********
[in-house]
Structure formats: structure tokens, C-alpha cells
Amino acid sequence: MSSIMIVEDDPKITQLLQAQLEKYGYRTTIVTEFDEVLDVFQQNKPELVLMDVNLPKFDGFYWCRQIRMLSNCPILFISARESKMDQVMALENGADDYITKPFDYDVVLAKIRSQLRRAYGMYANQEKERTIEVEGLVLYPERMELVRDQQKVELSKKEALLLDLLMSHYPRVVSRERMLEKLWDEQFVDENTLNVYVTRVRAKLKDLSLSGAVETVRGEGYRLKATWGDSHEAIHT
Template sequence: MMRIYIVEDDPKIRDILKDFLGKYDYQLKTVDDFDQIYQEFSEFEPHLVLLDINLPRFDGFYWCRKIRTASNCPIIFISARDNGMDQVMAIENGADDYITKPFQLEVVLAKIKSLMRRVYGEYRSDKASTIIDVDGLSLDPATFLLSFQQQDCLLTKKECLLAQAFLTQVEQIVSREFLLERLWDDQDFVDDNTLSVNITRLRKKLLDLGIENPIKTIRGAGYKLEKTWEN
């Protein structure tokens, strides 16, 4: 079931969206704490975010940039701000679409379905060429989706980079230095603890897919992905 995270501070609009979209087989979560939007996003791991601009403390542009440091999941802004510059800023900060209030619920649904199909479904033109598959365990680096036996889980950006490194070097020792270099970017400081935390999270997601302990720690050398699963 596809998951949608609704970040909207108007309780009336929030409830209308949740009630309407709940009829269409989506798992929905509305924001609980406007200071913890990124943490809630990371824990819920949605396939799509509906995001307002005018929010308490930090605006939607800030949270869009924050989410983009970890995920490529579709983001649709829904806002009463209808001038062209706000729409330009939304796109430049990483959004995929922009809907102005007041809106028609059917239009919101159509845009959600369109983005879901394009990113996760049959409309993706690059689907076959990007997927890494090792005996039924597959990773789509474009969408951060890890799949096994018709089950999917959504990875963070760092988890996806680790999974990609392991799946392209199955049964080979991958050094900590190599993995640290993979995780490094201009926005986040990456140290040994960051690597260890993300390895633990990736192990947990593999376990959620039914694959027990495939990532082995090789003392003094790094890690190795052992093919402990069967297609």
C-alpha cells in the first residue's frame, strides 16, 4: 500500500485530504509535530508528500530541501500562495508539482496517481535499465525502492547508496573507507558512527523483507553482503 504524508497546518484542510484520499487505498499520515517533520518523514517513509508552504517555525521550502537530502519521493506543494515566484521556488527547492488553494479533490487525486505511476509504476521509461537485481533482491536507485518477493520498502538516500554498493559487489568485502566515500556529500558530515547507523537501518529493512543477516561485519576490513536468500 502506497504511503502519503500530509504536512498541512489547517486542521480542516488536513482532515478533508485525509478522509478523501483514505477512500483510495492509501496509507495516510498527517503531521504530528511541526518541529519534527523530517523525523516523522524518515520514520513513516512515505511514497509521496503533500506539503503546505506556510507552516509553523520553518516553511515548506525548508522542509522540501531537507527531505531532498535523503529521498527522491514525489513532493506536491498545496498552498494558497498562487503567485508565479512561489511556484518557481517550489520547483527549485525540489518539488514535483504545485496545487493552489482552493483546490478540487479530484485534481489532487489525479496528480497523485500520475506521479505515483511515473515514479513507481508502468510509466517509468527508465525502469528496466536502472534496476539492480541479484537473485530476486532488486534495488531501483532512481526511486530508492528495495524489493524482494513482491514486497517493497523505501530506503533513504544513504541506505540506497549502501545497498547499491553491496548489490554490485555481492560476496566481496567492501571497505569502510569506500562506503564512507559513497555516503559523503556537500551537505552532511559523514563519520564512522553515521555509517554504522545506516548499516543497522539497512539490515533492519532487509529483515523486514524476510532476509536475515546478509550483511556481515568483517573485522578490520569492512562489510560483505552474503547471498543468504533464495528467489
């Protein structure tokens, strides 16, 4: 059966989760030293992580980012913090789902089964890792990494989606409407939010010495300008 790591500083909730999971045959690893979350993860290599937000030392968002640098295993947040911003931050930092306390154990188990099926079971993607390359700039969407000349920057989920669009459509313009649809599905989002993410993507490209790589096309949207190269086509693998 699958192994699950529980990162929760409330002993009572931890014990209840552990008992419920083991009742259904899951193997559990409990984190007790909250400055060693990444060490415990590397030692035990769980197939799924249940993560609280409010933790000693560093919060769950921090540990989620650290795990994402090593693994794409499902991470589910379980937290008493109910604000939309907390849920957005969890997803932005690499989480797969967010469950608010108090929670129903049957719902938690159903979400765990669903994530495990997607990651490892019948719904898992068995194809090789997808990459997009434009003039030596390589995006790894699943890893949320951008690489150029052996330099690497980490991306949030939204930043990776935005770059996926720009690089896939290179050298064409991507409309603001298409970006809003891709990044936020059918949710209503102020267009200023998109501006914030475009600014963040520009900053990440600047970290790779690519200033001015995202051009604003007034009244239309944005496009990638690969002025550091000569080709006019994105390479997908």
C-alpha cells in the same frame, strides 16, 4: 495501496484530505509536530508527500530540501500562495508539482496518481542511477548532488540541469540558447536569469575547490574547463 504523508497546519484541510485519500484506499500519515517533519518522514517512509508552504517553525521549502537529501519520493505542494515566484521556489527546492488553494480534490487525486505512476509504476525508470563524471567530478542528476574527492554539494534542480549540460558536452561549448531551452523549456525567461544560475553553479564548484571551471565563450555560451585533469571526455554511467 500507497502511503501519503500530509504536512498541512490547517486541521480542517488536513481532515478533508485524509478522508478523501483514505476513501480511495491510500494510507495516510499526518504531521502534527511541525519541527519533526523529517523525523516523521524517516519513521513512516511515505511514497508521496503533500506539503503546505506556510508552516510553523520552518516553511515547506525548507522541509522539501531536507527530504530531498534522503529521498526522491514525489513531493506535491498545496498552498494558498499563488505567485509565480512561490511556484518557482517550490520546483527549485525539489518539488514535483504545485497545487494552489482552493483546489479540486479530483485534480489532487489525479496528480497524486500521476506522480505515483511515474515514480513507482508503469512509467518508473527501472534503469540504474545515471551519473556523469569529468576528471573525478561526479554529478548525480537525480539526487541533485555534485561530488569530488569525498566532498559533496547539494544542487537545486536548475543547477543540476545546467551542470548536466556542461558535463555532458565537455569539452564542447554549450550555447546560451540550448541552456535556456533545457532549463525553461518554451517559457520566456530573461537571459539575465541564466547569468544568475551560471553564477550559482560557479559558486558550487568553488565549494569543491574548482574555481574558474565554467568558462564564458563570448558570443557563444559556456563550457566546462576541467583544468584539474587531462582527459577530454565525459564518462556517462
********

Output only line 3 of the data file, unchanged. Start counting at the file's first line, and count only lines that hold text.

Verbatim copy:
Amino acid sequence: MSSIMIVEDDPKITQLLQAQLEKYGYRTTIVTEFDEVLDVFQQNKPELVLMDVNLPKFDGFYWCRQIRMLSNCPILFISARESKMDQVMALENGADDYITKPFDYDVVLAKIRSQLRRAYGMYANQEKERTIEVEGLVLYPERMELVRDQQKVELSKKEALLLDLLMSHYPRVVSRERMLEKLWDEQFVDENTLNVYVTRVRAKLKDLSLSGAVETVRGEGYRLKATWGDSHEAIHT